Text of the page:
Then one day, by random chance, the truly backwater, dying mudball of a vermin planet he’d stopped at for stocks is attacked by space pirates, former PTO soldiers. Vegeta rises to fight,not out of any affection for the locals, but out of a sense of duty and dejavu. He had been on the other side previously, after all. He knew exactly how their modus operandi played out.

It is a laughably quick victory, but the twist comes at the end. The Galactic Patrol, apparently an intergalactic federation formed to uphold justice and peace (and Vegeta rolls his eyes, because how many times has he heard a variation of that particular phrase?) descends upon them to clean up the mess the ex-soldiers left behind.

Vegeta is brought in for questioning re his potential involvement with the planet’s siege. He is not there to seek trouble, so he decides to play nice and acts agreeable. Barely. As agreeable as a Vegeta could be.

The agent who brings him in for questioning, Merus, is clearly amused by his thinly held back aggression and short, one-word answers. Vegeta is mistrustful of this Merus and wary of his intentions, as he is unable to sense the agent’s ki, which never bodes well. Also, something about the light pastel coloring of Merus' skin, albino hair and purple-silver eyes makes him uneasy. The aura is not necessarily ominous, but it is similar to what he had felt in the vicinity of the Kaio-Shin before they revealed their actual selves, and thus puts him on guard.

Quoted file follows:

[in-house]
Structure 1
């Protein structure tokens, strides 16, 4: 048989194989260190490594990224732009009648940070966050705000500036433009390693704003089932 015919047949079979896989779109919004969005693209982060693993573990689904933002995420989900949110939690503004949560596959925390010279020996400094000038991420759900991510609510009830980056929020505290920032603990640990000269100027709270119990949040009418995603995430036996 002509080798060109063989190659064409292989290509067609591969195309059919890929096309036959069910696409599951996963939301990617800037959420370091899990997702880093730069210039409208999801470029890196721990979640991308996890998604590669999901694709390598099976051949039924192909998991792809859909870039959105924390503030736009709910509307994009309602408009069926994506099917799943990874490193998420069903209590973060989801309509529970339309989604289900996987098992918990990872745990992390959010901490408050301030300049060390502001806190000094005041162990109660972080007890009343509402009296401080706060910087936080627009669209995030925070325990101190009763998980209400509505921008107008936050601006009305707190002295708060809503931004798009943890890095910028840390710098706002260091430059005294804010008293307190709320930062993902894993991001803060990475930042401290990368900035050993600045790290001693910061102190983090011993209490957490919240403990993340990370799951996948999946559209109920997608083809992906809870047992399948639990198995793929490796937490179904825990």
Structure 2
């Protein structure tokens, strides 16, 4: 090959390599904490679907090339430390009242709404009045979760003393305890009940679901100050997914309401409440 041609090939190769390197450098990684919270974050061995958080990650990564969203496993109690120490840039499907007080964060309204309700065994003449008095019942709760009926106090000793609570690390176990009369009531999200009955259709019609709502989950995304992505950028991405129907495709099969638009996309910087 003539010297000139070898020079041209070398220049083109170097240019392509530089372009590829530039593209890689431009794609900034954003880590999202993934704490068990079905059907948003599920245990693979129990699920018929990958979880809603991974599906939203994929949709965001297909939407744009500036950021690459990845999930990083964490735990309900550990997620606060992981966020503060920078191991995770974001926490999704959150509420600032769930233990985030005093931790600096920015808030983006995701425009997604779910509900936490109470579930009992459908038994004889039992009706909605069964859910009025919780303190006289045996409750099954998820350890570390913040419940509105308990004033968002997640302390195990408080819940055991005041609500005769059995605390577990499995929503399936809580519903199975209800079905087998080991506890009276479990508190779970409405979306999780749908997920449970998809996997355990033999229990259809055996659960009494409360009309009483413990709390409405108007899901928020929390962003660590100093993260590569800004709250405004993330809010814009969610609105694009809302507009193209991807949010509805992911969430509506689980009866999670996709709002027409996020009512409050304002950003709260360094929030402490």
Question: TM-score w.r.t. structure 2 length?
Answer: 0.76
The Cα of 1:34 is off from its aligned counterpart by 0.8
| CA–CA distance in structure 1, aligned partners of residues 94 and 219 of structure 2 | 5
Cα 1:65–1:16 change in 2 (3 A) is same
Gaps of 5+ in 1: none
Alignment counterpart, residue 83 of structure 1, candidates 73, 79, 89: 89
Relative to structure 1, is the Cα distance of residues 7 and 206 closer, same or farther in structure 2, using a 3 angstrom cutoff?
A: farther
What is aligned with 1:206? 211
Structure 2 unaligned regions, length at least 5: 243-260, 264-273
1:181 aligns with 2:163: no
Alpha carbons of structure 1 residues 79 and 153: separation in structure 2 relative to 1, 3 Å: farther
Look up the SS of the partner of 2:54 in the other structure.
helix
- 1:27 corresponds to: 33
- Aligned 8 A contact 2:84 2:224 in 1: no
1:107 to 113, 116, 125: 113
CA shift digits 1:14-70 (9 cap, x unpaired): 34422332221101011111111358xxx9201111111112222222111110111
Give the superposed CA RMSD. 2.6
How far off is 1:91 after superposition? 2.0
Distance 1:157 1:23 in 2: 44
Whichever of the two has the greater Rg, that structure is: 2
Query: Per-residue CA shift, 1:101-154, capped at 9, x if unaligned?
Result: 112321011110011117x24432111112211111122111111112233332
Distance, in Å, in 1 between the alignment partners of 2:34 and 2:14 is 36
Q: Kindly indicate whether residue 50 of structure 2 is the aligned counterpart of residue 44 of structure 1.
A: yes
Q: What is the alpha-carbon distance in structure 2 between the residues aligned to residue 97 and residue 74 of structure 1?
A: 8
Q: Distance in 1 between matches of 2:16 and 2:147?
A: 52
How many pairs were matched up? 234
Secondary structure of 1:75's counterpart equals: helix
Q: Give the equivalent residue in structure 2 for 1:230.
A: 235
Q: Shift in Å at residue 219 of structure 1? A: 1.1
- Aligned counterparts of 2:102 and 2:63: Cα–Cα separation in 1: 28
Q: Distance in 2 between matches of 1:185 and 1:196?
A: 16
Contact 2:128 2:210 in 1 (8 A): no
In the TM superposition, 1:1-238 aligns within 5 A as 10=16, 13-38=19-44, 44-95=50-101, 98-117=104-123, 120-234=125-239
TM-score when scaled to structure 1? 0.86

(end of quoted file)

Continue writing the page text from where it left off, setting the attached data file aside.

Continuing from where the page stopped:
Merus could be suppressing his ki, but Vegeta’s instincts strongly tell him that this is not the case. It doesn’t help that the Kai’s crimson pendant he wears seems to glow at the agent’s proximity, as if in recognition. Merus’ eyes alight on the pendant several times over the interrogation, but he never actually queries after it, which makes Vegeta even more suspicious.